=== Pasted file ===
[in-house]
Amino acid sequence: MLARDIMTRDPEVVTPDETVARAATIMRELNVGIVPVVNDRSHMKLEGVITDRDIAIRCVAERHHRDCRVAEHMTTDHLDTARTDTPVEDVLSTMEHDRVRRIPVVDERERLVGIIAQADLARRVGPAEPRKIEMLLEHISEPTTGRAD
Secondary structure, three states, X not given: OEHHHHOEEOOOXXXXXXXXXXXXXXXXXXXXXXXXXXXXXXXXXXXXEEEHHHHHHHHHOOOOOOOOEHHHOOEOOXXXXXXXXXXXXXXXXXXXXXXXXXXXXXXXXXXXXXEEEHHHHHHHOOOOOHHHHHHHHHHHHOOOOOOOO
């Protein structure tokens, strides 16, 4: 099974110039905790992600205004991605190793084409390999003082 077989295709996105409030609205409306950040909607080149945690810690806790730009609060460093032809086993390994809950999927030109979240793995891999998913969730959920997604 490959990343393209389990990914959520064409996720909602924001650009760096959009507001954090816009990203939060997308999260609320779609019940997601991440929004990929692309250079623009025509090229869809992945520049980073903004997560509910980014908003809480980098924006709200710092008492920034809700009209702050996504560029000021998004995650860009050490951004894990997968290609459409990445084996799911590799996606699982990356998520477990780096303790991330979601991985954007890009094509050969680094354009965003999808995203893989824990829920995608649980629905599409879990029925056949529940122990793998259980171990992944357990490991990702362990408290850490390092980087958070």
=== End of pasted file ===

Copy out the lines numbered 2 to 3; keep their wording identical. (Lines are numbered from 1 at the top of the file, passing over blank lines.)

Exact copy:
Amino acid sequence: MLARDIMTRDPEVVTPDETVARAATIMRELNVGIVPVVNDRSHMKLEGVITDRDIAIRCVAERHHRDCRVAEHMTTDHLDTARTDTPVEDVLSTMEHDRVRRIPVVDERERLVGIIAQADLARRVGPAEPRKIEMLLEHISEPTTGRAD
Secondary structure, three states, X not given: OEHHHHOEEOOOXXXXXXXXXXXXXXXXXXXXXXXXXXXXXXXXXXXXEEEHHHHHHHHHOOOOOOOOEHHHOOEOOXXXXXXXXXXXXXXXXXXXXXXXXXXXXXXXXXXXXXEEEHHHHHHHOOOOOHHHHHHHHHHHHOOOOOOOO